Recommended Reading: Justin Taylor on Sam Lipsyte’s The Fun Parts and how “attention to language at the molecular level” creates a better experience reading and writing. Pair with our review of Taylor’s Everything Here Is the Best Thing Ever.
Out this week: The Immortal Evening by Stanley Plumly; Last Winter We Parted by Fuminori Nakamura; Bathing the Lion by Jonathan Carroll; Sometimes the Wolf by Urban Waite; Splitting an Order by the former Poet Laureate Ted Kooser; Limonov by Emmanuel Carrère; and The Heart Is Strange by John Berryman, which I wrote about as part of our Great Second-half 2014 Book Preview.
"You should feel embarrassed when what you’re reading was written for children," Ruth Graham wrote in Slate last week, stirring the proverbial pot of new adult fans of Young Adult bestsellers like The Fault in Our Stars and Eleanor & Park. A host of YA-defenders rose up to shout her down. "You should never be embarrassed by any book you enjoy," Hillary Kelly responds in The New Republic, unrealistically (we're embarrassed by quite a lot). For the Washington Post, Alyssa Rosenberg cites examples of worthwhile, complex YA fiction we can certainly support: The Chronicles of Narnia, The Pushcart War, A Wrinkle in Time, and The Westing Game.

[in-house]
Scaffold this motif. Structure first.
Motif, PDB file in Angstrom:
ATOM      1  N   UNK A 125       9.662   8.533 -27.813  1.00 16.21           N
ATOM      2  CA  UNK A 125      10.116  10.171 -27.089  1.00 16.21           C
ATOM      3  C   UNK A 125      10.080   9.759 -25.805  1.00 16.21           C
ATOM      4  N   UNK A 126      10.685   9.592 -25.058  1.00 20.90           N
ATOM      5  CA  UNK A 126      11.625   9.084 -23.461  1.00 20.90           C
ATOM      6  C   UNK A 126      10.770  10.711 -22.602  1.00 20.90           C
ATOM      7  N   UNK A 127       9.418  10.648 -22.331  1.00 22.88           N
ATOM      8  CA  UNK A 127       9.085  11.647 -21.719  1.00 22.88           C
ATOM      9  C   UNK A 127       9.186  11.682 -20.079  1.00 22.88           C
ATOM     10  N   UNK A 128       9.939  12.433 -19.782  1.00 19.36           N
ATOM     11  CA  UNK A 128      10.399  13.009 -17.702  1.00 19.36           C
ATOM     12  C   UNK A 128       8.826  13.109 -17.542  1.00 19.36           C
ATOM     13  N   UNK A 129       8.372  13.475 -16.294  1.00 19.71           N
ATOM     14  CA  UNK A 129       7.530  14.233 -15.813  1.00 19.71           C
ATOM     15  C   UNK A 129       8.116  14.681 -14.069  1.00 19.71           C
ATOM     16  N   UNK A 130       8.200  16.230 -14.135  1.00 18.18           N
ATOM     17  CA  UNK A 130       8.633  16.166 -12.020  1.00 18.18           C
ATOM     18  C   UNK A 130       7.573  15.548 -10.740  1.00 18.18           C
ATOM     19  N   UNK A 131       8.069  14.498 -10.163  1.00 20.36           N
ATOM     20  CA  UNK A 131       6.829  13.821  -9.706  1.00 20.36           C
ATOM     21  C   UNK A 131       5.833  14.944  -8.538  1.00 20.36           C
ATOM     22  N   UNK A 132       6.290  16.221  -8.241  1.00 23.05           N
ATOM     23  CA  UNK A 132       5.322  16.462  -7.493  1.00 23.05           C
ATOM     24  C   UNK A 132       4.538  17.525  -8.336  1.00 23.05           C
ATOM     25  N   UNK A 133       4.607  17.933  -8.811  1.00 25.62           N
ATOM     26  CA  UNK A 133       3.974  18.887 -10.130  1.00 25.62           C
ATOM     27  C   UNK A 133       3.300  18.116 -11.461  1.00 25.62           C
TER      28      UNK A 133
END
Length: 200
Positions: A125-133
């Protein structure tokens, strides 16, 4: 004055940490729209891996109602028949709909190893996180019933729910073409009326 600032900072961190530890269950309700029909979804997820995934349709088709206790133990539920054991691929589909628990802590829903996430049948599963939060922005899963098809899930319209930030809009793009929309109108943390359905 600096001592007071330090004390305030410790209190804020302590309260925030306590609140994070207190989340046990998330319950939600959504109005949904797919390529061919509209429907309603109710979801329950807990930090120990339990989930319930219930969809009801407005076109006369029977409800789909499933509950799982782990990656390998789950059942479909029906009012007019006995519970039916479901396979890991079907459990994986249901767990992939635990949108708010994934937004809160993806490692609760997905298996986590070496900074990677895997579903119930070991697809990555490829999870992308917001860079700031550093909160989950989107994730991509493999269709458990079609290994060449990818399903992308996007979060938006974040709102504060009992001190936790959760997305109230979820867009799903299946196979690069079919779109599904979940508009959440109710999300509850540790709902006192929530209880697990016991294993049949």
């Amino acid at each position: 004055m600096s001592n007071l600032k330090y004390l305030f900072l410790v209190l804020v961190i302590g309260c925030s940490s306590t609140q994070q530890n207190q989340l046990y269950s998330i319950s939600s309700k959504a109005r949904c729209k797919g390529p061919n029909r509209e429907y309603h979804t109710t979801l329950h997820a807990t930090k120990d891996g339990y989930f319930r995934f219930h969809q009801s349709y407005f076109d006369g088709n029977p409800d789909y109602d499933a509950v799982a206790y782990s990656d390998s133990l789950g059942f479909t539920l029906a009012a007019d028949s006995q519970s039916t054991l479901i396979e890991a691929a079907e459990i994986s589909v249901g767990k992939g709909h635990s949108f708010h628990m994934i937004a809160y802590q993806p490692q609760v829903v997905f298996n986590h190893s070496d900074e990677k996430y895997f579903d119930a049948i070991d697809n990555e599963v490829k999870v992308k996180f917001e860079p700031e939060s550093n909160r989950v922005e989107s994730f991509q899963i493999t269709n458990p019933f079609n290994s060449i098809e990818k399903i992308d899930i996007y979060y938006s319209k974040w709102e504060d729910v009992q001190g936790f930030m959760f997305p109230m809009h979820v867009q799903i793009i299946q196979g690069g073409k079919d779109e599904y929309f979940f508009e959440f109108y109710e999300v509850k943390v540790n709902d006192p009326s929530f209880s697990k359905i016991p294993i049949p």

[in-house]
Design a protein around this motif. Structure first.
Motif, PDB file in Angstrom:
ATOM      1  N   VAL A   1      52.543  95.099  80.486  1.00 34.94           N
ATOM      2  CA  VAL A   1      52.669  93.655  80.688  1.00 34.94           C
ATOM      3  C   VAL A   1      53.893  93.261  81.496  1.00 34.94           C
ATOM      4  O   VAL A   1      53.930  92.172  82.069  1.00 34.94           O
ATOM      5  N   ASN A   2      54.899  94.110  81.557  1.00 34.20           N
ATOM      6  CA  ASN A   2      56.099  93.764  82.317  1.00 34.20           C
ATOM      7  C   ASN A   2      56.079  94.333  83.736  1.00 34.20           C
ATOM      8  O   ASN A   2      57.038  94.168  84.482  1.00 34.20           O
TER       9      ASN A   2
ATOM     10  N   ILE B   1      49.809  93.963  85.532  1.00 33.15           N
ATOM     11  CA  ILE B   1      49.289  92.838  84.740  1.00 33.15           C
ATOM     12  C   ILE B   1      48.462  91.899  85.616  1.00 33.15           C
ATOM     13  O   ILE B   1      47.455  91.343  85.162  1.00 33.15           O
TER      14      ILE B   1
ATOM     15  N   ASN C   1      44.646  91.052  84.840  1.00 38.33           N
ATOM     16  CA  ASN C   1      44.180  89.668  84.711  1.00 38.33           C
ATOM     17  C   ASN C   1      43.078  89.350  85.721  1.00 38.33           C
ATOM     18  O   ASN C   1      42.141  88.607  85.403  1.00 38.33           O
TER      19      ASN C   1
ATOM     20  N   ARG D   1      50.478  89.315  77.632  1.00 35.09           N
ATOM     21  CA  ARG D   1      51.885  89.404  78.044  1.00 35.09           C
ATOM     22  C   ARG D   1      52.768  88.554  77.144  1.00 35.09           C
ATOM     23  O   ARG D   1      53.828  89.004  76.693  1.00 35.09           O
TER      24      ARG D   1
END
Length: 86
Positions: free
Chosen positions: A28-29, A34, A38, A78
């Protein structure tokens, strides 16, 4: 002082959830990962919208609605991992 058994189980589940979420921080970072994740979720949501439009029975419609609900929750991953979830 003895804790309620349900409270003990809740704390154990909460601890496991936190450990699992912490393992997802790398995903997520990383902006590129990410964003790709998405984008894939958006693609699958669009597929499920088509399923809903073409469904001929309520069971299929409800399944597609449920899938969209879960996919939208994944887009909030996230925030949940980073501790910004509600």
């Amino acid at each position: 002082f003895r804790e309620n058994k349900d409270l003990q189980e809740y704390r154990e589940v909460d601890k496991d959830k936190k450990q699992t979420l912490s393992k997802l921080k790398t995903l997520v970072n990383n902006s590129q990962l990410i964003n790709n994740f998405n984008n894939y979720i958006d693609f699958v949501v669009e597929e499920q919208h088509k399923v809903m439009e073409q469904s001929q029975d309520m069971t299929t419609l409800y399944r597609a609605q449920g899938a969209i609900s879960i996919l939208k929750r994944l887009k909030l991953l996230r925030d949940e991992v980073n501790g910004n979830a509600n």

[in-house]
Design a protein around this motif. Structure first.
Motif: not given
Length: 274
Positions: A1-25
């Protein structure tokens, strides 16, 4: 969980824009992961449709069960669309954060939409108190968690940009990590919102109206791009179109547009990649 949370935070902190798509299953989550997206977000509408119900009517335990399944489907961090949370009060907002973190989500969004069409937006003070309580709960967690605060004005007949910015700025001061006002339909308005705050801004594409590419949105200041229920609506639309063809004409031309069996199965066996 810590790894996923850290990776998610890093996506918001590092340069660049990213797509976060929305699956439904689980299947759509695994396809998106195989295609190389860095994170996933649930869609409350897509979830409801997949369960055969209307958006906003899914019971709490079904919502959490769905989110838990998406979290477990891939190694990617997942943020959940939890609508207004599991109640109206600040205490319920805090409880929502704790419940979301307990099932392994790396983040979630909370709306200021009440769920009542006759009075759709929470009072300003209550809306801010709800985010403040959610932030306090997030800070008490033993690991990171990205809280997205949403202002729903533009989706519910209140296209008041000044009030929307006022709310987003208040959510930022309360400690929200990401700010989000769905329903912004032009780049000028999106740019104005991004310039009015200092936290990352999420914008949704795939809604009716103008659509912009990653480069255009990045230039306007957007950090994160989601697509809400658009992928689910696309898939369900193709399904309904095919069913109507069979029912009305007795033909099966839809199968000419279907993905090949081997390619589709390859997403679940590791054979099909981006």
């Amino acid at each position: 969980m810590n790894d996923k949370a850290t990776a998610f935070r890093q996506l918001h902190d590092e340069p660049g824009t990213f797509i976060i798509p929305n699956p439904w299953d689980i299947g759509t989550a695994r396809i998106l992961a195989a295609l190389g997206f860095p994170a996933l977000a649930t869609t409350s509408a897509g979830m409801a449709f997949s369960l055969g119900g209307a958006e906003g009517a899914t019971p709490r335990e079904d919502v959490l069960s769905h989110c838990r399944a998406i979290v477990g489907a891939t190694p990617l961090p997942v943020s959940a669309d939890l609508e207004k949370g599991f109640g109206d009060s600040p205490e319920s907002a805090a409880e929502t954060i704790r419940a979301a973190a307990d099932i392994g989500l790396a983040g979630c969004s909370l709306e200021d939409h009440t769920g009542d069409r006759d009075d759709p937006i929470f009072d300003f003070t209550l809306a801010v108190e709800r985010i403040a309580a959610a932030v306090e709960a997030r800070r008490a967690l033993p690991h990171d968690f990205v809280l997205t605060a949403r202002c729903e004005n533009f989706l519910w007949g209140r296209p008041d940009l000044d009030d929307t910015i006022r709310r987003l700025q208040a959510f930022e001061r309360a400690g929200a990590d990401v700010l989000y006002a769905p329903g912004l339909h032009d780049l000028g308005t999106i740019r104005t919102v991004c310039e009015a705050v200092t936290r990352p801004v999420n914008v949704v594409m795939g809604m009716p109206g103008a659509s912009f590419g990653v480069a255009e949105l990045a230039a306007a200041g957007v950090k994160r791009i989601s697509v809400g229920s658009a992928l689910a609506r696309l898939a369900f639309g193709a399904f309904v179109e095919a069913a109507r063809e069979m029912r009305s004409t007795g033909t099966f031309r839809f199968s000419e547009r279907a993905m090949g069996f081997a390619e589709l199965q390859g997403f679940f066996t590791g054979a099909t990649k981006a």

On Friday, Jennifer Egan won the 2010 Los Angeles Times Book Prize for Fiction. Michael Lewis won in the nonfiction category, and Peter Bognanni won the First Fiction Prize. See the full list of winners here, and head over to Jacket Copy for some great coverage of the Festival of Books.